- Fathers play a critical role in children’s understanding of living a healthy lifestyle (Snethen, et al., 2008). Children are more likely to eat their vegetables if they see their father eating his vegetables. In addition, a child more frequently mirrors the television-watching patterns of his or her father than any other adult.
- Children who live in divorced households are more likely to eat high-fat foods when they spend time with their noncustodial fathers (Snethen et al., 2008). When children spend time with noncustodial fathers, they are more likely to eat fast- or higher -fat food. Researchers believe this is because fathers want to win over their children in the limited time they have together. Parents should not use food as a reward or bribery as it can set children up for lifelong struggles with eating (Ziviani et al., 2008). Fathers should show their children by example how to make good dietary and activity choices.
- A child who perceives parental rejection is more likely to show aggression as a pre-adolescent (Lifford, Harold, and Thapar, 2008). Parents should provide an environment where their children’s emotional, behavioral, and social development can thrive (Lifford, Harold, and Thapar, 2007). To do this, parents need to make sure their children know they are available and present in the relationship. Engaging in activities together, sitting down and talking, and supporting their children in school and out-of-school activities can create a meaningful bond, especially if the children spend time in two households.
- Fathers play an important role in the academic success of children (Bauman and Wasserman, 2010). When given appropriate supports, fathers played a critical part in helping their young children prepare to read (Bauman and Wasserman, 2010). When a father can help his children learn to read, he is able to better connect with them. Fathers should talk with their children’s teacher and participate actively in their children’s learning.
Implications for Parents
Parents should place special emphasis on the relationships children have with their fathers. If a father is not present in a child’s life other male mentors should be sought for that child because research has indicated the relationship children have with men leads to healthy social, emotional, academic, and physical development. By engaging in healthful eating, physical activity, and an active lifestyle, fathers can set a good example for their children. In addition, when a father takes an active role in his children’s learning, children are more likely to succeed in school. Children often mirror their father’s behavior; therefore a father should be a positive role model.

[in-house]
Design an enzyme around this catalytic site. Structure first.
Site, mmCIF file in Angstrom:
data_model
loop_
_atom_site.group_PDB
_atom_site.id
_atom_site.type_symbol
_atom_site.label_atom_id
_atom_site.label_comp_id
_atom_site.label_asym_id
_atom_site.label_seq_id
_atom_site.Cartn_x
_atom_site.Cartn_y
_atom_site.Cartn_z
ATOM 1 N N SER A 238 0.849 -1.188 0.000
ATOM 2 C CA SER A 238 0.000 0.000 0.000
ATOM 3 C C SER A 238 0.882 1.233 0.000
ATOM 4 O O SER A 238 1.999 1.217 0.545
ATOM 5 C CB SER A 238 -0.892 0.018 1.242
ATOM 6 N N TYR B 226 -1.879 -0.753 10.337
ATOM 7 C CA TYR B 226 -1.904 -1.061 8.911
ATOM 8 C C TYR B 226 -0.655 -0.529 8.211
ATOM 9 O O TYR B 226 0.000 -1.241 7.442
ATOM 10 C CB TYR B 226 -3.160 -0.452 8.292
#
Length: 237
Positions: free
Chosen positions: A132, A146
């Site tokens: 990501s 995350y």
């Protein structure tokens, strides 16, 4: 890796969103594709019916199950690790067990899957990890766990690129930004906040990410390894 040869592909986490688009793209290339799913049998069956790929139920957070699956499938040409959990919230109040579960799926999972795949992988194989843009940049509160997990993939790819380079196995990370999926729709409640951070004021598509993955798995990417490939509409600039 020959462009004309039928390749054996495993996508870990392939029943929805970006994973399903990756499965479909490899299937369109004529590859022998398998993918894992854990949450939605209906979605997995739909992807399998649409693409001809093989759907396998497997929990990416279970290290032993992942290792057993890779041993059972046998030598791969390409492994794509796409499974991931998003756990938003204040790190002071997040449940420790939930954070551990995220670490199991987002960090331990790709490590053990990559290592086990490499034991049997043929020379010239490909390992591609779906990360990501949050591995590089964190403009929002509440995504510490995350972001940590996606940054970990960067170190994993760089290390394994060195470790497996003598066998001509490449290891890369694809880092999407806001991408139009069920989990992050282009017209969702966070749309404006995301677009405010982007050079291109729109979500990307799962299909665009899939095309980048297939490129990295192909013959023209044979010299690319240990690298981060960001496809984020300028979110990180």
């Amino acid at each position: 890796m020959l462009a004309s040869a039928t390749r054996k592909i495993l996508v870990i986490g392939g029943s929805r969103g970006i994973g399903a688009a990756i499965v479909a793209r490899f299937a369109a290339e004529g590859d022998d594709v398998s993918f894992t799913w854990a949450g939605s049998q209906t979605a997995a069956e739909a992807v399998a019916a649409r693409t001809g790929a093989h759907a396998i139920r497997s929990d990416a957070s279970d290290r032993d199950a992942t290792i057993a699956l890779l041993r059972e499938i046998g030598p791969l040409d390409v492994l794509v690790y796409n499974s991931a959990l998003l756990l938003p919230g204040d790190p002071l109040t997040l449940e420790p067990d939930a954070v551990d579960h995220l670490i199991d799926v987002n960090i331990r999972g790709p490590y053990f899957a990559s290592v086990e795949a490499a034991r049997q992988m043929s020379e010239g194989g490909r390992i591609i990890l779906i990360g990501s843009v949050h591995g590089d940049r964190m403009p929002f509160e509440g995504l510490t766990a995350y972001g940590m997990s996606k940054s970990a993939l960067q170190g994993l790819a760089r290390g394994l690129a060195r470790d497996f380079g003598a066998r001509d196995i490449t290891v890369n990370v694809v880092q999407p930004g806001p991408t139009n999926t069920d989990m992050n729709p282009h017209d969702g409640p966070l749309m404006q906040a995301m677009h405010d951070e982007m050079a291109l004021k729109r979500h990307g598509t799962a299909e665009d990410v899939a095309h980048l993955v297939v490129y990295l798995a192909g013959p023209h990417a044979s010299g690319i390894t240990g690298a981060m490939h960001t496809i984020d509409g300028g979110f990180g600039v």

Healthy Parenting (http://www.cdc.gov/ncipc/images/ DVP/Healthy_Parenting_RIB_a.pdf): This resource, provided by the Center for Disease Control, provides information for parents from minority backgrounds. This guide talks about effective parenting strategies and how to best model behavior.
PBS Parents (http://www.pbs.org/parents/): This website has resources for helping engage children in learning as well as guides to handle talking with children about sensitive subjects. Activities that engage parents in their children’s learning are available at no charge.
About the Author
Kate Cromwell is a master’s degree candidate at Texas A&M University in College Station, Texas. She is studying recreation and youth development. Her thesis focuses on weight perception of children in diverse ethnic groups.
Bauman, D. C., and Wasserman, K. (2010). Empowering fathers of disadvantaged preschoolers to take a more active role in preparing their children for literacy success at school. Early Childhood Education Journal, 37, 363-370.
Lifford, K. L., Harold, G. T., and Thapar, A. (2007). Parent-child relationships and ADHD symptoms: a longitudinal analysis. Journal of Abnormal Child Psychology, 36, 285-296.
Snethen, J. A., Broome, M. E., Kelber, S., Leicht, S., Joachim, J., and Goretzke, M. (2008). Dietary and physical activity patterns: examining fathers’ perspectives. Journal for Specialists in Pediatric Nursing, 13(3), 201-211.
Ziviani, J., Wadley, D., Ward, H., Macdonald, D., Jenkins, D., and Rodger, S. (2008). A place to play: socioeconomic and spatial factors in children’s physical activity. Australian Occupational Therapy Journal, 55, 2-11.
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